Representatives Keith Ellison from Minnesota and Andre Carson from Indiana are currently the only Muslim American members of Congress. But they represent a growing segment of the U.S. population that is often in the spotlight as a result of racial profiling and religious intolerance.
In an effort to seek better representation in Washington, many Muslim American communities across the country are organizing voting drives to ensure those that can vote, have their voices heard in the upcoming midtern elections.
It is a cool and unusually windy evening in the suburban Chicago community of Bridgeview.
Not far from the local mosque, which towers over the homes in this predominately Muslim-American neighborhood, Kuwaiti-born Palestinian Alaa is knocking on doors.
With the November 2 mid term election just days away, Alaa is trying to make sure those who can, vote.
Voting is a right not extended to Alaa. "By 1993 we came to the United States on a visa, I was seven years old, I had no idea what was going on at that age, the visa expired, and we stayed. And we've been here ever since 1993," she said.
Alaa is one of an estimated ten million undocumented immigrants living illegally in the United States. Because she is not a U.S. citizen, she does not have the right to vote, which fuels her efforts to make sure those who can, exercise that right. "With citizenship comes responsibility, and I feel that it's very important that we get that out to the Muslim community so they go out and vote," she said.
On the streets, and on the phone.
Maryam Al-Zoubi of the New American Democracy Project, or NADP, works side by side with Alaa to get out the Muslim-American vote. "I think that voting helps our other neighbors and our other government officials realize that yes, we are Americans, and the xenophobia we have towards Muslims is incorrect," she said.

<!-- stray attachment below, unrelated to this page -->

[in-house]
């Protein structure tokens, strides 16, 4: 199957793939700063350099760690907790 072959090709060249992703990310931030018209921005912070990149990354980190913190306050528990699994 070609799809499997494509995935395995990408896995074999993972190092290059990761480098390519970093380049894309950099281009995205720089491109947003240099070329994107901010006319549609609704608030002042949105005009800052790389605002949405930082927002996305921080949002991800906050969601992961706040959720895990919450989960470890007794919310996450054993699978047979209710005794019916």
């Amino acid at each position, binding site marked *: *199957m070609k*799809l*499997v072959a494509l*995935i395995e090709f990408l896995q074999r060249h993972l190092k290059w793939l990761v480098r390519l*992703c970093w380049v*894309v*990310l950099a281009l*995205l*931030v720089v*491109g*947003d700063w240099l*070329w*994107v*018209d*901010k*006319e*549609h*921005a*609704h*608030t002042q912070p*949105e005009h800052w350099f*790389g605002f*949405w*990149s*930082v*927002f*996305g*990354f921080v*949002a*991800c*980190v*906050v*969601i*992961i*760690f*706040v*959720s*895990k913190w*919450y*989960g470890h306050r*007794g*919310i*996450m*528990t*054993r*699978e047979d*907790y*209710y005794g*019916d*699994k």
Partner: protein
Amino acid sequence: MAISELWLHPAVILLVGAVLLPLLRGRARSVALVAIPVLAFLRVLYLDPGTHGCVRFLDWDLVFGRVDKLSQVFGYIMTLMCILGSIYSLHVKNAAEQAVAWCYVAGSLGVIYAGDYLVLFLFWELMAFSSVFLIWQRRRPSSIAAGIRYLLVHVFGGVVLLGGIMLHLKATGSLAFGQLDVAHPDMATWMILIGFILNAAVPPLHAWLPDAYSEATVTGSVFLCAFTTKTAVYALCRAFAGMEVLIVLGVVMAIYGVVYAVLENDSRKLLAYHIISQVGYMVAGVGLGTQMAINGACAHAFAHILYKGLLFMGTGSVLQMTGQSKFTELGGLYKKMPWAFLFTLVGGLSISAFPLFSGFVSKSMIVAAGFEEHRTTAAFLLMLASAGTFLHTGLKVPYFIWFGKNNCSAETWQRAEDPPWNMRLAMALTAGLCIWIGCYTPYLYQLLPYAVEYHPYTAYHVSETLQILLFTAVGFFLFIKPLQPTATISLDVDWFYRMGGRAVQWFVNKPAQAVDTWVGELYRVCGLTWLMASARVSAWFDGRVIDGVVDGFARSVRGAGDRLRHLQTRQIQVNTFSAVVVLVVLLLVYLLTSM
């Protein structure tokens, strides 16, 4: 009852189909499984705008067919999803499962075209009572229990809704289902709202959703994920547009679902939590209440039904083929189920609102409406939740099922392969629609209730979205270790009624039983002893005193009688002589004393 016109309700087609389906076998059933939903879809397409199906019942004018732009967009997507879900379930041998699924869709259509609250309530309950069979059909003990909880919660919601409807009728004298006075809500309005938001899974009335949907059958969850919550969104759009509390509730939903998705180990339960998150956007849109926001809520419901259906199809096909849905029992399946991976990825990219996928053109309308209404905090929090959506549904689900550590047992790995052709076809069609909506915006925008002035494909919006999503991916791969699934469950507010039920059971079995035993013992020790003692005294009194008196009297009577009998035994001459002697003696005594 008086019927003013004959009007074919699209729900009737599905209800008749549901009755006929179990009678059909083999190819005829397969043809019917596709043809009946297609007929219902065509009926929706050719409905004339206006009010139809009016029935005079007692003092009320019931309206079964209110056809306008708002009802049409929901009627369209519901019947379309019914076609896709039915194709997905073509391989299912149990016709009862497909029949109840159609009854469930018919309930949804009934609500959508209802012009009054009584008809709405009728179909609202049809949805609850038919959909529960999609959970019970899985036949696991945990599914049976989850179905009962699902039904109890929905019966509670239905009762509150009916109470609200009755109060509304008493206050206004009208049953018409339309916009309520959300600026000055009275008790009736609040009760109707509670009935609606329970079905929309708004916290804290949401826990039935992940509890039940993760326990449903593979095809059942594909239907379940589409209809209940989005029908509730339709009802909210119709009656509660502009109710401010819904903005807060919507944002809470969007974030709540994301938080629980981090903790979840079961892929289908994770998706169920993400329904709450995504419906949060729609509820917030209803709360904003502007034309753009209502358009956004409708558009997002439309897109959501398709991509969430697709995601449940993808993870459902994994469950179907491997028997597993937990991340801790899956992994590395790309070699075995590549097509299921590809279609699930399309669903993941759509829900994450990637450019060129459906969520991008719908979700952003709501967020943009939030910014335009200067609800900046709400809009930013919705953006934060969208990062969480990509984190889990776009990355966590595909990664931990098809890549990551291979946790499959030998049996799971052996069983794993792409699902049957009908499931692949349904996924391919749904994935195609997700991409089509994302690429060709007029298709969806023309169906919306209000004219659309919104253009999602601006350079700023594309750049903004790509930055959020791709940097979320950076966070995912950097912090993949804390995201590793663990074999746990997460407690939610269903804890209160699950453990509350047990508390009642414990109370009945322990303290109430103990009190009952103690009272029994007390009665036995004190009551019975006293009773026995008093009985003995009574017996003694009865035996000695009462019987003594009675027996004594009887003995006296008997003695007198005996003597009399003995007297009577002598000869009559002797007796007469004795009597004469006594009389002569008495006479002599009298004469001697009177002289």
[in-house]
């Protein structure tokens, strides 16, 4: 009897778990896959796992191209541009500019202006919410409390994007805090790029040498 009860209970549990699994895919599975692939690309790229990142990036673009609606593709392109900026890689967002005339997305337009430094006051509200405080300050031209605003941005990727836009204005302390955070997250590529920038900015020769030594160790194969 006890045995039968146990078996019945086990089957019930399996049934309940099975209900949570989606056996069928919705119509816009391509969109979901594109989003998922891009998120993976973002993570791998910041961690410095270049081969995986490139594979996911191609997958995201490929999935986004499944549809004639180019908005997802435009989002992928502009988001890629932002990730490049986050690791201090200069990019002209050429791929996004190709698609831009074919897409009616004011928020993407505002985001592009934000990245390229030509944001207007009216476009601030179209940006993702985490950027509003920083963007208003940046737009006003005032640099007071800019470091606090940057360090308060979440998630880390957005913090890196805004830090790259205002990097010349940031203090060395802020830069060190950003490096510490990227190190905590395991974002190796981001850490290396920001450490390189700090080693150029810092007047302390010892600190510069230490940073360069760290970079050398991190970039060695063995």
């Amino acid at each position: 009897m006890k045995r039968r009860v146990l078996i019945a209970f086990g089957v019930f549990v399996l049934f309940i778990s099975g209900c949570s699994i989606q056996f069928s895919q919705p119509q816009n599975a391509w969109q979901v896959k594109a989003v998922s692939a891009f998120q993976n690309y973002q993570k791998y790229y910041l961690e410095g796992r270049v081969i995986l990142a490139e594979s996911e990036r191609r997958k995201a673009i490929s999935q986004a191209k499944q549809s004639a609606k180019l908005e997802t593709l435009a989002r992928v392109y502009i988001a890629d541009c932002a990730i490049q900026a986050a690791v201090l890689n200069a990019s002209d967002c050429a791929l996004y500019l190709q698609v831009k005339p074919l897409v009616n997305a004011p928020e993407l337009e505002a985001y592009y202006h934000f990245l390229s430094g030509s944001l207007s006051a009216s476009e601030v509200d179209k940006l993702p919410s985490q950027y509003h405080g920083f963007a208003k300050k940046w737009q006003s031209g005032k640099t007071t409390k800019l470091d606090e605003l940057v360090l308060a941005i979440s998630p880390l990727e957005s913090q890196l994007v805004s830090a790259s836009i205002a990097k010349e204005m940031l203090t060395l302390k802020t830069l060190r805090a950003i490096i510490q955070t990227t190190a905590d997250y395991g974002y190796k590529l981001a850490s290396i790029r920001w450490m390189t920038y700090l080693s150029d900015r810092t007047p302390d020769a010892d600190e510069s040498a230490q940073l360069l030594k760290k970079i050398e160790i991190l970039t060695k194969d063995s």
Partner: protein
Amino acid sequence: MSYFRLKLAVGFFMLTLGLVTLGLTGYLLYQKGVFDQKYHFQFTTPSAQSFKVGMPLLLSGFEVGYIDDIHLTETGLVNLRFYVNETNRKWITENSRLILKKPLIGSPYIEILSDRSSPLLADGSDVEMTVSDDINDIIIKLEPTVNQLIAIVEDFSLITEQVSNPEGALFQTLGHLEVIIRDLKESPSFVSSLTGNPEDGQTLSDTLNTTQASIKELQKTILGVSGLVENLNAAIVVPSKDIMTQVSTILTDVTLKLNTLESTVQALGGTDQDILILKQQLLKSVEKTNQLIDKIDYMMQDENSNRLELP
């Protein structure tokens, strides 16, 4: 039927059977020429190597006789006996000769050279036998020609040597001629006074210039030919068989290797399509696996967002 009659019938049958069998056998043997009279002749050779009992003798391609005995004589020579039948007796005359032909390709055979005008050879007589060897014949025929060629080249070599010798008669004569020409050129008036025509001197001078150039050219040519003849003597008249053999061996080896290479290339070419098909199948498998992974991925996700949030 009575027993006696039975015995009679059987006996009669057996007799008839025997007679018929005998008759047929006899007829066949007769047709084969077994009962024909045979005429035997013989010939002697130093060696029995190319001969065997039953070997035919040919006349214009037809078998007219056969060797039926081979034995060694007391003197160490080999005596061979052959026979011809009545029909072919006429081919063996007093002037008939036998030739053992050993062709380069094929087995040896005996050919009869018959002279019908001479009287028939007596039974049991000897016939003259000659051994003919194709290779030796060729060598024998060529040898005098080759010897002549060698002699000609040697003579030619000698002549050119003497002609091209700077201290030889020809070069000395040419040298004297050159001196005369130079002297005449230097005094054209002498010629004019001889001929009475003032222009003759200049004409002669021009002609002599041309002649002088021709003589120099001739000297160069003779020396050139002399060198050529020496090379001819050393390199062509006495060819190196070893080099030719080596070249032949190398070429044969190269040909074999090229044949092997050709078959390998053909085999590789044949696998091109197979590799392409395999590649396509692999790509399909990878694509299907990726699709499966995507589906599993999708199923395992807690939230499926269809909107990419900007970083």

Al Zoubi says immigration reform is one issue among many concerns she hears about from registered voters she meets in the Muslim American community. "There are a lot of issues that the Muslim community wants to be heard about - for example Islamaphobia, religious tolerance, racial profiling. What we do is we try to tell our elected officials why we vote, but in a very non-partisan way because we want all our elected officials to respect us and to stand with us."
In the nearby community of Summit on Chicago's Southwest side, Reema Ahmad goes one step further. "We are distributing endorsement cards, laying out candidates out who have specifically asked for the support of the Muslim community, have committed themselves to supporting initiatives on behalf of the Muslim community when they are elected to office so we are really bridging that gap," Ahmad said.
Ahmad is the Director of the recently formed Project Mobilize, which has a goal of eventually fielding Muslim American candidates for office. "This is really the next logical step towards us fulfilling our political aspirations. It's about developing that potential, ensuring that people who have aspirations to hold public office know how to get into those positions and garner the support they need," Ahmad said.
But Gerald Ahnkerson with the Council on American Islamic Relations in Chicago says many in the Muslim American community remain divided on the impact of their vote. "Even with the election cycle there is much argument and debate whether Muslims should be involved. One way or another we are living here, and our life is being impacted by whether or not we decide to offer our voice and our balance. So most definitely religion may factor into it on certain issues, such as immigration reform, such as protecting first amendment rights, because we definitely want to see that our faith is not impeded for us to be truly considered Americans," he said.
There are approximately half a million Muslim Americans living in the greater Chicago area. In the city's upcoming elections in 2011, one Muslim American candidate is on the ballot. Ahmed Khan is running for Alderman in Chicago's 50th Ward.